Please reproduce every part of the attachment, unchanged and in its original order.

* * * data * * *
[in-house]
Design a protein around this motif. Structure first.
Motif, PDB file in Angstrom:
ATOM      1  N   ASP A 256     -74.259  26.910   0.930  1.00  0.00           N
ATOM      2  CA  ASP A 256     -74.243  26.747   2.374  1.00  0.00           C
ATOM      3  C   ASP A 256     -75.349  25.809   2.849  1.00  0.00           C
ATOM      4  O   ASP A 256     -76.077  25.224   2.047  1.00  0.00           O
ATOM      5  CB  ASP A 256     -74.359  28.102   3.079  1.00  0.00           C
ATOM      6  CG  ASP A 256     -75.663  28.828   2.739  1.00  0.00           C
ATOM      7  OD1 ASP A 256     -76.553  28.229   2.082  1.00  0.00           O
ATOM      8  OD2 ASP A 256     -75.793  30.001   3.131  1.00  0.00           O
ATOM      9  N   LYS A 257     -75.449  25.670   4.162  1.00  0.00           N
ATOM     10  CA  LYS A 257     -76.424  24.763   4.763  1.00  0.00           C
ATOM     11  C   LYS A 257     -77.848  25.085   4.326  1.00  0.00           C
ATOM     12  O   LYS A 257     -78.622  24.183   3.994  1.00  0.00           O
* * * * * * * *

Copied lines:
[in-house]
Design a protein around this motif. Structure first.
Motif, PDB file in Angstrom:
ATOM      1  N   ASP A 256     -74.259  26.910   0.930  1.00  0.00           N
ATOM      2  CA  ASP A 256     -74.243  26.747   2.374  1.00  0.00           C
ATOM      3  C   ASP A 256     -75.349  25.809   2.849  1.00  0.00           C
ATOM      4  O   ASP A 256     -76.077  25.224   2.047  1.00  0.00           O
ATOM      5  CB  ASP A 256     -74.359  28.102   3.079  1.00  0.00           C
ATOM      6  CG  ASP A 256     -75.663  28.828   2.739  1.00  0.00           C
ATOM      7  OD1 ASP A 256     -76.553  28.229   2.082  1.00  0.00           O
ATOM      8  OD2 ASP A 256     -75.793  30.001   3.131  1.00  0.00           O
ATOM      9  N   LYS A 257     -75.449  25.670   4.162  1.00  0.00           N
ATOM     10  CA  LYS A 257     -76.424  24.763   4.763  1.00  0.00           C
ATOM     11  C   LYS A 257     -77.848  25.085   4.326  1.00  0.00           C
ATOM     12  O   LYS A 257     -78.622  24.183   3.994  1.00  0.00           O